When Fr. Sal De George, OMI, was a scholastic at the International Roman Scholasticate the other Missionary Oblate seminarians used to call him “Salvatore salva tutti” (Salvatore saves everyone!).
While he would be the first to admit that he cannot save everyone, Fr. Sal has spent 57 years as a priest trying to fulfill the instructions of the Oblate founder, St. Eugene de Mazenod, to help people “act like human beings, first of all, and then like Christians, and, finally, we must help them to become saints.”
Father Sal was born into an Italian American family in Houston in 1939. He also had relatives in New Orleans who were pillars of Oblate-staffed parishes there. The family also owned and operated the famous Napoleon House Bar in the French Quarter.
In 1952, after graduating from eighth grade, Fr. Sal enrolled at the Oblates’ St. Anthony’s High School Seminary in San Antonio. In 1958 he entered the Oblates’ St. Peter’s Novitiate in Mission, Texas.
After his first profession of vows, his superior assumed that as the grandson of Italian immigrants, he would do well studying at the Oblate International Scholasticate in Rome. So he spent seven years there being educated in philosophy and theology by the Dominicans at the Angelicum.
One of Fr. Sal’s most memorable times in Europe was during the summer of 1963 while studying Spanish at the University of Madrid. One July weekend, he took some time off with friends to attend the Fiesta de San Fermin in Pamplona which includes the Running of the Bulls. Since money was hard to come by, he and his friends chose to run with the bulls to gain free entry into the bullfight.
Father Sal was ordained in Rome in 1965 as Vatican II was ending. While he had expressed his desire to go to the African mission of Chad, his first assignment took him back to St. Anthony’s Seminary where he taught for seven years. He then headed up the college-level Oblate formation programs in Texas.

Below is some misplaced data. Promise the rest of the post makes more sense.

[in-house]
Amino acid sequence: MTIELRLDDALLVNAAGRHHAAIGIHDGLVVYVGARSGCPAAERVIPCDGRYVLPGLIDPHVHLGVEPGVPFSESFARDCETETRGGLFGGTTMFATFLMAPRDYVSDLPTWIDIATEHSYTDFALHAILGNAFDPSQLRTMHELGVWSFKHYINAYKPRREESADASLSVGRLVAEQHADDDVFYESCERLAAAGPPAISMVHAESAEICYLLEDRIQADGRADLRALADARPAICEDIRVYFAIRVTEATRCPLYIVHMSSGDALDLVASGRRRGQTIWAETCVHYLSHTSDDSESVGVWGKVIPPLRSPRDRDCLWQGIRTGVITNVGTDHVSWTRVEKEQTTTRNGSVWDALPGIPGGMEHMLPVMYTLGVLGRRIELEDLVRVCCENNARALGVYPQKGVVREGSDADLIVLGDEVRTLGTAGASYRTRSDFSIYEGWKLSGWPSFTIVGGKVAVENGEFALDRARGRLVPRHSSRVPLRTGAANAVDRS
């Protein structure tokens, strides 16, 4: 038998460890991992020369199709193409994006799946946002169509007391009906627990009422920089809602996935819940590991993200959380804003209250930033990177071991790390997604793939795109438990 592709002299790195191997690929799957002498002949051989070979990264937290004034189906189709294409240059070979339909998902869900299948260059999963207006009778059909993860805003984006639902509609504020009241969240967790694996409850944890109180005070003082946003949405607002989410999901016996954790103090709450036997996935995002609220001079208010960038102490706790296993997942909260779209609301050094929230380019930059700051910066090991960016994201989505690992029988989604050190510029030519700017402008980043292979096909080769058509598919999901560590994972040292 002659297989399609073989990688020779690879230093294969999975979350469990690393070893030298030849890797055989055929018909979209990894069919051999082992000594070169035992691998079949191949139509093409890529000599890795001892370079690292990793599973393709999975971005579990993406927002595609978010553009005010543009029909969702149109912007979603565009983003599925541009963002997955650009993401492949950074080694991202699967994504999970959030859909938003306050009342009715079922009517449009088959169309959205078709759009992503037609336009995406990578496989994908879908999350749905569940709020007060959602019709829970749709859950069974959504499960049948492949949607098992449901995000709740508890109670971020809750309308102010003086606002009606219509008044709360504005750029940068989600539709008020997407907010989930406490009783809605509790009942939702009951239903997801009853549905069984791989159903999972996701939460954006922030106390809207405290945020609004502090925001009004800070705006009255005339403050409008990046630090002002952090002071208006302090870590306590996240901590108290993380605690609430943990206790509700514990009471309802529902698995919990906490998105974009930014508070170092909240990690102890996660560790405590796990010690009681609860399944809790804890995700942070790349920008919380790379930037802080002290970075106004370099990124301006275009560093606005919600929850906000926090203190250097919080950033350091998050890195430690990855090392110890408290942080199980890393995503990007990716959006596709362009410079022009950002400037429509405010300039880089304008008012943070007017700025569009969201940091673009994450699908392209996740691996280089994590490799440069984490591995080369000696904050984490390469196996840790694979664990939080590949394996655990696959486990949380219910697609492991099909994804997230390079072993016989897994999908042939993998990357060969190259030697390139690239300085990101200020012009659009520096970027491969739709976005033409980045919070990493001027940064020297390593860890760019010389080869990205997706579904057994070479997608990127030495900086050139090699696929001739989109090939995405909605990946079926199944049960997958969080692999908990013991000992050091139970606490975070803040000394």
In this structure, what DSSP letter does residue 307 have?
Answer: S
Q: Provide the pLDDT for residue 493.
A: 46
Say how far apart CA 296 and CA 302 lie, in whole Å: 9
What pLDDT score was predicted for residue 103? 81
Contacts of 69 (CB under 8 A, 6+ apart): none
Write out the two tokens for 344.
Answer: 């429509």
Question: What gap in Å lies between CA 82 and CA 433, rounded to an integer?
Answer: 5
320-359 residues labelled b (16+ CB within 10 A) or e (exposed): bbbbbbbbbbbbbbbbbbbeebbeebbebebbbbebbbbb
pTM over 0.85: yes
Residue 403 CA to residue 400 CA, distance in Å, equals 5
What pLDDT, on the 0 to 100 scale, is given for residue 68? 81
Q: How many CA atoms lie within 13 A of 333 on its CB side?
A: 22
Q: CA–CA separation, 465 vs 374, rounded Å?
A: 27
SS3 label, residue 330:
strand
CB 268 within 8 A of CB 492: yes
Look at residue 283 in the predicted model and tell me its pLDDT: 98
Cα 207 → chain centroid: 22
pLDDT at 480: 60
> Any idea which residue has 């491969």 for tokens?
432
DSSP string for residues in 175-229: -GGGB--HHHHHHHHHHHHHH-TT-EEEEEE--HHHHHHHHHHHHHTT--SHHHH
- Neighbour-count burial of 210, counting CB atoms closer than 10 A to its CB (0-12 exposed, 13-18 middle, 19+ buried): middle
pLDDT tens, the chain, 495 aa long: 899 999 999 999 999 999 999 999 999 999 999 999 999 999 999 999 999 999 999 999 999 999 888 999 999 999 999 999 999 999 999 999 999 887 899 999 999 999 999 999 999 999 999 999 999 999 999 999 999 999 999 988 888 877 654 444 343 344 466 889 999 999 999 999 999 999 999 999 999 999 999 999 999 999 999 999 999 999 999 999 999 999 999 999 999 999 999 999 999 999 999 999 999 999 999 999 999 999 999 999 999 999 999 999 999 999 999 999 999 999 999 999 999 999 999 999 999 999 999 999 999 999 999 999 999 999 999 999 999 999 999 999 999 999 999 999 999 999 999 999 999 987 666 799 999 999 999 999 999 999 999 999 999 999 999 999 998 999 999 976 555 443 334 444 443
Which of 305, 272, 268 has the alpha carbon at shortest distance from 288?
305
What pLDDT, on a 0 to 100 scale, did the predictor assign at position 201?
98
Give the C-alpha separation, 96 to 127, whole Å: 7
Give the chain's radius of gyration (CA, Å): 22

The next stop was parish ministry, first at St. Thomas the Apostle in Huntsville, Texas, which had a university as well as a prison mission attached to it. He then was sent to Holy Family and then the Cathedral of the Immaculate Conception in Brownsville, Texas. Eventually he returned to St. Anthony Seminary where he served as rector of six years.
In between two stints as pastor of St. Patrick’s Parish in Houston, Fr. Sal served as Vicar Provincial of the Oblates former Southern Provinces and then, in the newly formed United States Province, he held the title of “Area Councilor” for six years.
In 2012, the Oblate provinces of Italy and Spain were being combined and an assembly was convened near Rome to work out the details. Father Sal, because of his ability to speak both Italian and Spanish, was asked to serve as moderator.
“I repeatedly told the organizers I was not their man. I hadn’t really spoken Italian in 46 years,” said Fr. Sal, who agreed to accept the assignment because nobody else volunteered.
Today, Fr. Sal lives at Immaculate Conception Church in Houston, a parish where the Oblates have served since 1911. He is always on the go helping people, whether they be at Immaculate Conception, other Spanish speaking parishes, or local charities.
Of the places that he serves, one of his favorites is the Catholic Worker House where Casa Juan Diego is located. It is a last hope ministry for immigrants and refugees who have no other place to turn to for help. Before the pandemic, he celebrated Mass weekly and cooked for people who land there without papers or insurance. Some of the residents are paraplegic. They are the forgotten, but not to Fr. Sal.
Salvatore salva tutti – Salvatore
Information for this article originally appeared in OMI USA, the newsletter
of the United States Province of the Missionary Oblates.